There is also a cryptographically secure key generated once each time the Tauri application is started. It is not generally noticeable if the system already has enough entropy to immediately return enough random numbers, which is extremely common for desktop environments. If running in a headless environment to perform some integration testing with WebDriver then you may want to install some sort of entropy-generating service such as haveged if your operating system does not have one included. Linux 5.6 (March 2020) now includes entropy generation using speculative execution.


There are a few limitations in the Isolation pattern that arose out of platform inconsistencies. The most significant limitation is due to external files not loading correctly inside sandboxed <iframes> on Windows. Because of this, we have implemented a simple script inlining step during build time that takes the content of scripts relative to the Isolation application and injects them inline. This means that typical bundling or simple including of files like <script src="index.js"></script> still works properly, but newer mechanisms such as ES Modules will not successfully load.


Because the point of the Isolation application is to protect against Development Threats, we highly recommend keeping your Isolation application as simple as possible. Not only should you strive to keep dependencies minimal, but you should also consider keeping required build steps minimal. This would allow you to not need to worry about supply chain attacks against your Isolation application on top of your frontend application.

Creating the Isolation Application

In this example, we will make a small hello-world style Isolation application and hook it up to an imaginary existing Tauri application. It will do no verification of the messages passing through it, only print the contents to the WebView console.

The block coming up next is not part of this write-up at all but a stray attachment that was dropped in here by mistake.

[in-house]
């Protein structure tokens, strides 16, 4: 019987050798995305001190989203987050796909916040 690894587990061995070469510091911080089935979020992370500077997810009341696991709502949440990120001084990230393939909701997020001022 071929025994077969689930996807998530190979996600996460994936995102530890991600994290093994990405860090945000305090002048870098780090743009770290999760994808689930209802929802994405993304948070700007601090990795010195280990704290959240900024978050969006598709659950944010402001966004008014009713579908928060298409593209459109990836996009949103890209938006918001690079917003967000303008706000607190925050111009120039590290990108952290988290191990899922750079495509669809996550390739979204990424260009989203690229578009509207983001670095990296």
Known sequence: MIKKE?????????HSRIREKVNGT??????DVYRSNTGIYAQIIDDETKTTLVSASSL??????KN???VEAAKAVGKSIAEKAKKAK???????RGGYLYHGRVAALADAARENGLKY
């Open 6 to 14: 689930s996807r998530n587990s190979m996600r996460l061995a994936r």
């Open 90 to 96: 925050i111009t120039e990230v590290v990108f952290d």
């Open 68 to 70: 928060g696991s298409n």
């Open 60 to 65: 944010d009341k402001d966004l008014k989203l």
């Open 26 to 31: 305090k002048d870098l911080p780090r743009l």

For the purposes of this example, let’s imagine we are in the same directory as tauri.conf.json. The existing Tauri application has it’s distDir set to ../dist.


<!doctype html>
<html lang="en">
<meta charset="UTF-8" />
<title>Isolation Secure Script</title>
<script src="index.js"></script>


window.__TAURI_ISOLATION_HOOK__ = (payload) => {
// let's not verify or modify anything, just print the content from the hook
console.log('hook', payload);
return payload;

Now, all we need to do is set up our tauri.conf.json configuration to use the Isolation pattern, and have just bootstrapped to the Isolation pattern from the Brownfield pattern.


Let’s assume that our main frontend distDir is set to ../dist. We also output our Isolation application to ../dist-isolation.

"build": {
"distDir": "../dist"
"tauri": {
"pattern": {
"use": "isolation",
"options": {
"dir": "../dist-isolation"